While residing in New Jersey, Marsden Vanderwaart became active in community affairs, serving as a member of the Bedminster Township’s board of education and as its president for three years. He also served as a unit commander of the Boy Scouts, president of the Lions Club, and as a vestryman of St. John on the Mountain Episcopal Church in Bernardsville.
In 1969, two years after the death of his first wife, Marsden Vanderwaart was married to Helen Gitzendanner Queenan, who had also been widowed.
Following Van’s retirement from American Cyanamid in 1977, the couple moved to Punta Gorda, FL. With a home situated on a canal, and with their 30’ sailboat at the back door, they readily took to the sunshine and water. Van became active in local sailing and boat clubs, and taught basic boating for the Peace River Power Squadron for several years. He also served on Punta Gorda’s board of zoning appeals and as treasurer of the Friends of the Library. In addition, he volunteered as a “wheelchair pusher” at the Charlotte Regional Medical Center.
A man of wide, varied, and lively interests that encompassed woodworking, antique cars, and model trains and boats, he also never ceased to enjoy and appreciate the learning experience of travel. A warm and generous supporter of the College, he maintained close ties with Hamilton until the end.
In 2003, the Vanderwaarts sold their home in Punta Gorda and moved to a life care community in nearby Port Charlotte. There, on February 23, 2006, C. Marsden Vanderwaart died, at the age of 91. In addition to his wife, he is survived by a daughter and son from his first marriage, Barbara Mauer and Peter H. Vanderwaart; three stepchildren, Elizabeth Brouillette and Peter and Robert Queenan; and nine grandchildren. He was predeceased by his brother, Peter D. Vanderwaart ’40, in 2001.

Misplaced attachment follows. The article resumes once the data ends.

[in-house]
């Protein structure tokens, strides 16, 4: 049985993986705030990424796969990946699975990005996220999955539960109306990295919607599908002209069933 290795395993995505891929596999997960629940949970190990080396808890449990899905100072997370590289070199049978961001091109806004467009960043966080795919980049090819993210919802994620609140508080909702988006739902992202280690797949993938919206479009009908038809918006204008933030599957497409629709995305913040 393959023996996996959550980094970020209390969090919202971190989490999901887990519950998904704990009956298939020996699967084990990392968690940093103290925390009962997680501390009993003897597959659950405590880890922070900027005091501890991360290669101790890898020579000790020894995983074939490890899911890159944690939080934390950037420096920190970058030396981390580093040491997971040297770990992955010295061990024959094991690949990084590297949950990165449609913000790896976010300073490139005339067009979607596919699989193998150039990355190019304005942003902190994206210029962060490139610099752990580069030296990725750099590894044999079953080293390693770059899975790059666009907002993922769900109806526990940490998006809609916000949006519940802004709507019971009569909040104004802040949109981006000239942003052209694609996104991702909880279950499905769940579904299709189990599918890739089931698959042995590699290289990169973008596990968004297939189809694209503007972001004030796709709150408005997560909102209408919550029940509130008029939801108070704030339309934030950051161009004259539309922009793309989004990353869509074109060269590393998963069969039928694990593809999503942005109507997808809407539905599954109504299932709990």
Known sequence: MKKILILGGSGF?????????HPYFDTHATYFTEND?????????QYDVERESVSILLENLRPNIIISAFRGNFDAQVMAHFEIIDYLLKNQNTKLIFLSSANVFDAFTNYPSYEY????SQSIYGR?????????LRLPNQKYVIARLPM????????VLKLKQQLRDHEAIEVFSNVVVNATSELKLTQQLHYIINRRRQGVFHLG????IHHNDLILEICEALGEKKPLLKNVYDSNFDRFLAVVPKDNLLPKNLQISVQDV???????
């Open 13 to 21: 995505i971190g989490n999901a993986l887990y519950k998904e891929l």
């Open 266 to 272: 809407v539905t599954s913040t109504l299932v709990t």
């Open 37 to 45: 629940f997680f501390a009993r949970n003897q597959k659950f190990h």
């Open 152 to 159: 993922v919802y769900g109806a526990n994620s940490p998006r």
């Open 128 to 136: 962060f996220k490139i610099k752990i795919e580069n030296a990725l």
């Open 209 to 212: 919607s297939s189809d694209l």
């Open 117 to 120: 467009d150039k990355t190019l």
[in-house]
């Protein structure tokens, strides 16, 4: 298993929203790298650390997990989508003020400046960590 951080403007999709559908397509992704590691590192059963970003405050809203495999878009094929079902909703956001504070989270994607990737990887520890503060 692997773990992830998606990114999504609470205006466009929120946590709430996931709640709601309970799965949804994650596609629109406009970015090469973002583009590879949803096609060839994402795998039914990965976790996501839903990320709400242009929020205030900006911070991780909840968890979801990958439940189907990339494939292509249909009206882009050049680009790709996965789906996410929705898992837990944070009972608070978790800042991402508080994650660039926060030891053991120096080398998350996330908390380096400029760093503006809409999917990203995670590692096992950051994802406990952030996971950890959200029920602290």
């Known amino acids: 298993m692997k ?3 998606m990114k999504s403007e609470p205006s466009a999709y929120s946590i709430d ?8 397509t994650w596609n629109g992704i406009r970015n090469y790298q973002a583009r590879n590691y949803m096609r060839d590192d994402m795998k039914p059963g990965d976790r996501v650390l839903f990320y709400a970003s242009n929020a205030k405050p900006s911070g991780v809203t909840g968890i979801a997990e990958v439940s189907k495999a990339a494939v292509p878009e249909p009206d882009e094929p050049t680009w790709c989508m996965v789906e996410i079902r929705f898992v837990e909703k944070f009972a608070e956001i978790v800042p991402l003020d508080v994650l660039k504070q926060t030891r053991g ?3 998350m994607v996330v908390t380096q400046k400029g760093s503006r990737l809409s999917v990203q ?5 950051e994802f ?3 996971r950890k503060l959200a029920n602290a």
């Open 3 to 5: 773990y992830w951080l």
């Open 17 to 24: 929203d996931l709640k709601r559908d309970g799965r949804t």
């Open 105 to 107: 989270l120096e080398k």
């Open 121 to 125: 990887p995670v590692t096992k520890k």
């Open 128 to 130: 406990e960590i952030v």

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Who owned and operated a lumber company in California for almost 50 years, was born on August 31, 1915, in Baltimore, MD. A son of John C., Class of 1910, a physician, and Ada Case Baldwin, he prepared for college at the Friends School in Baltimore and enrolled at Hamilton in 1933. He joined Sigma Phi and became much involved with student publications, including The Hamiltonian and The Continental, which he edited in his senior year. Elected to the journalism honorary Pi Delta Epsilon as well as Quadrangle and DT, he also went out for tennis and played varsity football. A member of the Interfraternity Council, and among the student pall bearers at the funeral of Elihu Root, he left the Hill with his B.S. degree in 1937.